UIC coach Steve McClain readily admits that last year’s 5-win team didn’t think too highly of its chances last year heading to Detroit for the Horizon League Tournament. What a difference a year and a few more wins can make.
The Flames finished the regular season 14-17 overall and 7-11 in the Horizon League, and that’s enough to have them thinking they could be this year’s Cinderella at Motor City Madness.
“It’s just a whole different mindset,” McClain told The Catch and Shoot. “I like the vibe. You know as a coach if you do this long enough, you can tell by their attitude in practice where they’re at. And this group’s all about, hey let’s go out and get better again. And that’s been fun to coach in this group.”
UIC lost four straight games to end the regular season, but McClain has kept that in perspective. The Flames played four of their last five on the road, and only one of those defeats — the most recent one at Wright State — was a blowout.
It’s a cliche, but in this case it’s true: UIC can beat anybody in the conference on a good day, and lose to anybody on a bad day. McClain even thinks that’s true all around the conference.
“I don’t think anybody is going into the conference tournament overconfident. But yet I don’t think there’s anybody that doesn’t think they can win it,” McClain said.
One of the big challenges for UIC’s opener against Green Bay is the Flames are the youngest team in the Horizon League while the Phoenix are the oldest.
And the difference is vast. UIC is actually the youngest mid-major in all of Division I, and Green Bay is the 10th oldest. The Phoenix also have seven players from last year’s Horizon League Tournament championship team, led by senior guard Charles Cooper (13.6 ppg) and junior guard Khalil Small (10.2 ppg, 5.1 rpg).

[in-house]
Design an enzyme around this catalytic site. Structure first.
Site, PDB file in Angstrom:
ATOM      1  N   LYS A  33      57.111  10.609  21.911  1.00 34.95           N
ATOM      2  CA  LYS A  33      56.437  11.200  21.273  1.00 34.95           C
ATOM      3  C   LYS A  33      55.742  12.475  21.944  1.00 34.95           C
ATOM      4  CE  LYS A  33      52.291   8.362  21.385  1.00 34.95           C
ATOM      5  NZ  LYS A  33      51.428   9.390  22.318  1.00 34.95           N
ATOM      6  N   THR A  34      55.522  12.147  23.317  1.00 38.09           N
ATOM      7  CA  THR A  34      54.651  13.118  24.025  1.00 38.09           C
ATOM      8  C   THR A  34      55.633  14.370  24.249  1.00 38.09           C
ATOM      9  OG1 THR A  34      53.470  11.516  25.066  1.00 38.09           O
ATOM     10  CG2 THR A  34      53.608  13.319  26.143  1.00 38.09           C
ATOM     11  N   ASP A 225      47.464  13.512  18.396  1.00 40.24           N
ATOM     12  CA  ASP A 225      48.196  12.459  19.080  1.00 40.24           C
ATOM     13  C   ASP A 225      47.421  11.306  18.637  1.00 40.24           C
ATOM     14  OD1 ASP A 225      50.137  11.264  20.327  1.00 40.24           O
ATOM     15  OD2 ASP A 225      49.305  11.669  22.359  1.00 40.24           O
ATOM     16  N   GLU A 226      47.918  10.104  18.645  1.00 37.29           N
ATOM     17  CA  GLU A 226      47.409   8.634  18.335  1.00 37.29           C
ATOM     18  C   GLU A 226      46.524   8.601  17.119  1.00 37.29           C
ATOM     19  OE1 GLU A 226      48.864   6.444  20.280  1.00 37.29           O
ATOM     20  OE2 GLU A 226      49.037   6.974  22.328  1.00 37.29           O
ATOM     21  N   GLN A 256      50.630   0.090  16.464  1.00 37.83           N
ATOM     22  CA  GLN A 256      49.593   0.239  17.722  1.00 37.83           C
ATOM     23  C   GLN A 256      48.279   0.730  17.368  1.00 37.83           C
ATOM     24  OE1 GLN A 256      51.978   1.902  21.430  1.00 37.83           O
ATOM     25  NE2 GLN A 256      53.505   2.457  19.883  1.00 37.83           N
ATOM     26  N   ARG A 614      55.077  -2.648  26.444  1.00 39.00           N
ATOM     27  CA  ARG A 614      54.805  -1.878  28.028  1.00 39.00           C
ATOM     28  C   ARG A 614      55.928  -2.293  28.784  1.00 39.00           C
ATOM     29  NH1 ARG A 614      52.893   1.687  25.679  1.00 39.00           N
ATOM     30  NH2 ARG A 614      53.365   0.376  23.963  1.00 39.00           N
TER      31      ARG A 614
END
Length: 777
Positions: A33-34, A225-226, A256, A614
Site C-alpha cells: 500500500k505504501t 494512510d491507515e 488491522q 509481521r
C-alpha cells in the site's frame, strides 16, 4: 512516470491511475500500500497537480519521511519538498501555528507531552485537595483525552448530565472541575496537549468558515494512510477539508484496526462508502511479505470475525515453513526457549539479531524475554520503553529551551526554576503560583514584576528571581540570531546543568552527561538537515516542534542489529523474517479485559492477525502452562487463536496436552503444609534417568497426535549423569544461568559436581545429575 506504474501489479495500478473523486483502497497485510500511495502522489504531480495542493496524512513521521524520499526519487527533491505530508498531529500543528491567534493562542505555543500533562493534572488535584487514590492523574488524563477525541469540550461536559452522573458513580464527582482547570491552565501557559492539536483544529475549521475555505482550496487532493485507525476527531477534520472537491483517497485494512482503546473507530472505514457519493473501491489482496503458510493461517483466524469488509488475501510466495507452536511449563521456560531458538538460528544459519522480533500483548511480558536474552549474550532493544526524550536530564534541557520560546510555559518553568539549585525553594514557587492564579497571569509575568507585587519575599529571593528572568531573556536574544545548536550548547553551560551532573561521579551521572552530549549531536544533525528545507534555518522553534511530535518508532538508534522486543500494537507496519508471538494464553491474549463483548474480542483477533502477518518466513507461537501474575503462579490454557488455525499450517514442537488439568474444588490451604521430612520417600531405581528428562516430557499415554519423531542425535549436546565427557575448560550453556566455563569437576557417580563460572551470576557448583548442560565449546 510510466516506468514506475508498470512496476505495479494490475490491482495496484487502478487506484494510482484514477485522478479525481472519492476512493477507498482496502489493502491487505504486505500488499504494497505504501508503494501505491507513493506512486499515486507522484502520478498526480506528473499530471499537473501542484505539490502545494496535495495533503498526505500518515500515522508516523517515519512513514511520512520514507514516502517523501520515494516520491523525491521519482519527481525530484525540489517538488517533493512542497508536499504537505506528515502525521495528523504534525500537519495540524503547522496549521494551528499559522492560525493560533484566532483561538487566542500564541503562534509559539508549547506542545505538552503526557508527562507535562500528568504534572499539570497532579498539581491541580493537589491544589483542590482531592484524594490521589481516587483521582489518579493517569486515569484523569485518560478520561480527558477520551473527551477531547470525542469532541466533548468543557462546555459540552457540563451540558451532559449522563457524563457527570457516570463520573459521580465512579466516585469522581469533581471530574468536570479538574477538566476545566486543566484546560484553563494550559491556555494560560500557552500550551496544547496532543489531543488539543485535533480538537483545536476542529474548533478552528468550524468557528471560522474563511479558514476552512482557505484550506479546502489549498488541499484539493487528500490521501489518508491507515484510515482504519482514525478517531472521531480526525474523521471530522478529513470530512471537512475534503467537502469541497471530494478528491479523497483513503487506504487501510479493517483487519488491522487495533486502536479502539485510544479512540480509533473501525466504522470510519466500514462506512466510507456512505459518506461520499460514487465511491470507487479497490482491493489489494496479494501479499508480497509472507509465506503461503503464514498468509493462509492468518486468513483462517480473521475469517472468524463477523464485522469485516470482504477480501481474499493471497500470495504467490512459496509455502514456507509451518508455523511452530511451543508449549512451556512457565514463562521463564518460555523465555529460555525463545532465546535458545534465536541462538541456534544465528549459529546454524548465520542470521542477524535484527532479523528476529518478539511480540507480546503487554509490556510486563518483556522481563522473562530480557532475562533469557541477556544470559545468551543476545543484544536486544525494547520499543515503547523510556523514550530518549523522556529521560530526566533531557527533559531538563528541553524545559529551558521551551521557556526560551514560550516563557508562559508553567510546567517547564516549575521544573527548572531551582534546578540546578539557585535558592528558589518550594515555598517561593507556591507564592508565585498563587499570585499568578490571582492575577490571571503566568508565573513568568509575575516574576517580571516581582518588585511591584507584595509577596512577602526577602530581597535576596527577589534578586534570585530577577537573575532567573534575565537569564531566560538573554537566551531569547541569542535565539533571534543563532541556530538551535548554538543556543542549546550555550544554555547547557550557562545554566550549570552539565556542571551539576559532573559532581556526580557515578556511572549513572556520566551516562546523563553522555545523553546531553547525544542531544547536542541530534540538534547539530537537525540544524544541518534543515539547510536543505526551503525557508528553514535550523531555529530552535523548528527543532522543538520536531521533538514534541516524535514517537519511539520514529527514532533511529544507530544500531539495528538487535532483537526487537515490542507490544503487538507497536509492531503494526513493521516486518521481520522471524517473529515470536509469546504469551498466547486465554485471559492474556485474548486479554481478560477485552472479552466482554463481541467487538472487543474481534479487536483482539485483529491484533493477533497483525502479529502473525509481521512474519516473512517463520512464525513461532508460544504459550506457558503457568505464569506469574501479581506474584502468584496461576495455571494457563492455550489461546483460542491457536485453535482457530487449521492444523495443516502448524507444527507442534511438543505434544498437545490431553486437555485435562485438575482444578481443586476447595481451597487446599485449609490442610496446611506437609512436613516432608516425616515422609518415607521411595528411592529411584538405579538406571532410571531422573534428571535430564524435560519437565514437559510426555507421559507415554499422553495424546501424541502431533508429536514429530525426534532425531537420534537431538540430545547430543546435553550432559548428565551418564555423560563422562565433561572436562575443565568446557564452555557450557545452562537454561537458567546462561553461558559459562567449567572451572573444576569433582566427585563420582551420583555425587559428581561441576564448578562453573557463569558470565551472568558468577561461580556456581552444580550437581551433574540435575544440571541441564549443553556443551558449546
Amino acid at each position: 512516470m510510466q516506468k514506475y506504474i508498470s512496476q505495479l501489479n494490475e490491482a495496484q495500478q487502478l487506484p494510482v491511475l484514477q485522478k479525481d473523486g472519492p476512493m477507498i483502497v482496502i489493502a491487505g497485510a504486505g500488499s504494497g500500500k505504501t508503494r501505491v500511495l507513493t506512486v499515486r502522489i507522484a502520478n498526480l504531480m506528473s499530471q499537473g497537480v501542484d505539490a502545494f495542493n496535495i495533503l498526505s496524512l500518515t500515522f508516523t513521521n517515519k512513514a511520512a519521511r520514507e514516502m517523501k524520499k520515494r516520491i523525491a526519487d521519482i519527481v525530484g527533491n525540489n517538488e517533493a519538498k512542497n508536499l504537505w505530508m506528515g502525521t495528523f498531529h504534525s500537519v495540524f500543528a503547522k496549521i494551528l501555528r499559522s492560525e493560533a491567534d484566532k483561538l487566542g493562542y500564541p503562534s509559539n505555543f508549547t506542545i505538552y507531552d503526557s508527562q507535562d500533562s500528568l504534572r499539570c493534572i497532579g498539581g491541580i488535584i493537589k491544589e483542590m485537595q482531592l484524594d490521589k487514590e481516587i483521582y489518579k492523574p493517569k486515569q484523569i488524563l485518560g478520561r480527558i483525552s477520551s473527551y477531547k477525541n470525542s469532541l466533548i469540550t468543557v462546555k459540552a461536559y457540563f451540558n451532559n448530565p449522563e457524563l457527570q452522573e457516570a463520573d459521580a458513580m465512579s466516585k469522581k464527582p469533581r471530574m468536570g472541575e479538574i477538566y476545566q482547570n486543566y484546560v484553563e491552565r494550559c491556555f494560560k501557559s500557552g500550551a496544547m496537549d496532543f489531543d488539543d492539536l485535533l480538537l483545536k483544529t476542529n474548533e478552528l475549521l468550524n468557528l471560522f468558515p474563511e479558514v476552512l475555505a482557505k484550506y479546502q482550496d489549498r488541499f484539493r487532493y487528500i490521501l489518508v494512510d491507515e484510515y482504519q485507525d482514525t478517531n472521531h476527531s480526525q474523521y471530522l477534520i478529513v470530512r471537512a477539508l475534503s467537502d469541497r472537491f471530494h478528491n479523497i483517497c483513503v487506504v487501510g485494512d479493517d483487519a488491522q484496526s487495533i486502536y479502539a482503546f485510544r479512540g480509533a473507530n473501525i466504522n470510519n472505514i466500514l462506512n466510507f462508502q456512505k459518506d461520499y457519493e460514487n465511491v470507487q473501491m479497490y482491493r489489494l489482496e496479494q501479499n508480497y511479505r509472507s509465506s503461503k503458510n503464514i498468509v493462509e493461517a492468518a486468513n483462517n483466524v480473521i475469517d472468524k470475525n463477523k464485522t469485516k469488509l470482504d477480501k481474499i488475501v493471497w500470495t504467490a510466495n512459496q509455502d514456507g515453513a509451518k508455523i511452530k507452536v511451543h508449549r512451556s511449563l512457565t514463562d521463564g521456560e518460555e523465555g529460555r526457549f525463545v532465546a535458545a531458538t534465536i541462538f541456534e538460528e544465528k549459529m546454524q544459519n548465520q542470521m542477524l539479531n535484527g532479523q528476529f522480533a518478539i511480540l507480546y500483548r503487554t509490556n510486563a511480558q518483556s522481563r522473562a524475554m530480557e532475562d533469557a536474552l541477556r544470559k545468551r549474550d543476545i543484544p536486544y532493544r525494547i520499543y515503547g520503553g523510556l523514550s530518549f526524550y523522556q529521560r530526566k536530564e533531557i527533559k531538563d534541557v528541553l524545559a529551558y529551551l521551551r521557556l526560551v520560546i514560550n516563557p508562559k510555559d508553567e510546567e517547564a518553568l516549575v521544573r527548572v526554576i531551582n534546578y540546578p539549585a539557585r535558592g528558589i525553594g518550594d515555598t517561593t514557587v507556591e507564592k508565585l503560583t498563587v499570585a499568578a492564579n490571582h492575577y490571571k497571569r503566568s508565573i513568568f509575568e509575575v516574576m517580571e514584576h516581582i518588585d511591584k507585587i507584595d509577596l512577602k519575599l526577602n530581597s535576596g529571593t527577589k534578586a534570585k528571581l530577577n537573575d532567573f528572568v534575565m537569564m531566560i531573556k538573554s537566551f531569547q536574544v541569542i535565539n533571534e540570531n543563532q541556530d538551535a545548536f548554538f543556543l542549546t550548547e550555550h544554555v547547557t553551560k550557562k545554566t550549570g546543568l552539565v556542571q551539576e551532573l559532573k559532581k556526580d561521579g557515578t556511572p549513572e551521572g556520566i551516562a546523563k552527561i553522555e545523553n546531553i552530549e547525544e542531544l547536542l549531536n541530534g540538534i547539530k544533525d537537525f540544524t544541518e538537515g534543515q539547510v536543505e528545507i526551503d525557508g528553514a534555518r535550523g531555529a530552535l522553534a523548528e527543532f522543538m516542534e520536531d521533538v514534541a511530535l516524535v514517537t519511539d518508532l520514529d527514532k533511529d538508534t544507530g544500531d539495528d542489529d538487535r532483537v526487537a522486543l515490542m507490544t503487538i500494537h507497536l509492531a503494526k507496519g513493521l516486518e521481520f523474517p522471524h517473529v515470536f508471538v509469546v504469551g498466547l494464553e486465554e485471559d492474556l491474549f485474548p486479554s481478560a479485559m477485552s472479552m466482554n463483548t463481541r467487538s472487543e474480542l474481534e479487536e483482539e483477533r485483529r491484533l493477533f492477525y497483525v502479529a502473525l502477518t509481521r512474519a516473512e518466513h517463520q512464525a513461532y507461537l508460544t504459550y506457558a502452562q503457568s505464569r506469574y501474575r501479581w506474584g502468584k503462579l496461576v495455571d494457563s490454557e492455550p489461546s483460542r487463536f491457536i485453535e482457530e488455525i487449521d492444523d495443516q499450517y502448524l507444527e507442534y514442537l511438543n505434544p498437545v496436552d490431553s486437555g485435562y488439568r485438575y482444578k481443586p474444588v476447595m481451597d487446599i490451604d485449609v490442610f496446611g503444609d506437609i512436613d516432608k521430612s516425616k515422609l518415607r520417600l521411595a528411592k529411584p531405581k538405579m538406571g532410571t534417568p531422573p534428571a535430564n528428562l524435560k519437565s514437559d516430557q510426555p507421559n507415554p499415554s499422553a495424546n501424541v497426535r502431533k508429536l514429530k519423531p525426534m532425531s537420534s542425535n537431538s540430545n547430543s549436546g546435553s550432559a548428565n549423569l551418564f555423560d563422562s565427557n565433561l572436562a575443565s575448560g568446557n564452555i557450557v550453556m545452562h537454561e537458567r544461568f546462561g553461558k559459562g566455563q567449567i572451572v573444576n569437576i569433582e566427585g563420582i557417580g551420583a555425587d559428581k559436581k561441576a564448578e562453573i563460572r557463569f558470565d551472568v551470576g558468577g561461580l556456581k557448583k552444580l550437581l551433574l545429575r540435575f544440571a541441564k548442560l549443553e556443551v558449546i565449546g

McClain said he felt that dynamic played a role in the two regular season meetings, as Green Bay’s veterans made more plays down the stretch than UIC’s freshmen and sophomores to squeak out two wins.
The Flames lost control of the second meeting early in the second half as the Phoenix outscored them 34-15 in the opening 10 minutes. In the first meeting, it was the final 10 minutes when Green Bay outscored UIC by 14 to win 84-80.
Adding another freshman to the mix might not seem like the obvious antidote, but McClain said he hopes that having Boahen back will help if only to add an extra guard to the rotation. Green Bay has the No. 8 adjusted tempo in the nation and pressures the ball plenty, although not as much as last year’s championship team.
Junior forward Tai Odiase and redshirt freshman guard Dominique Matthews kept UIC competitive in both regular season meetings, combining for 30.5 points per game. And because of their experience, he thinks they are the two Flames best equipped to handle Green Bay’s physicality once again.
UIC’s quarterfinal matchup will tip off at 4 p.m. Eastern.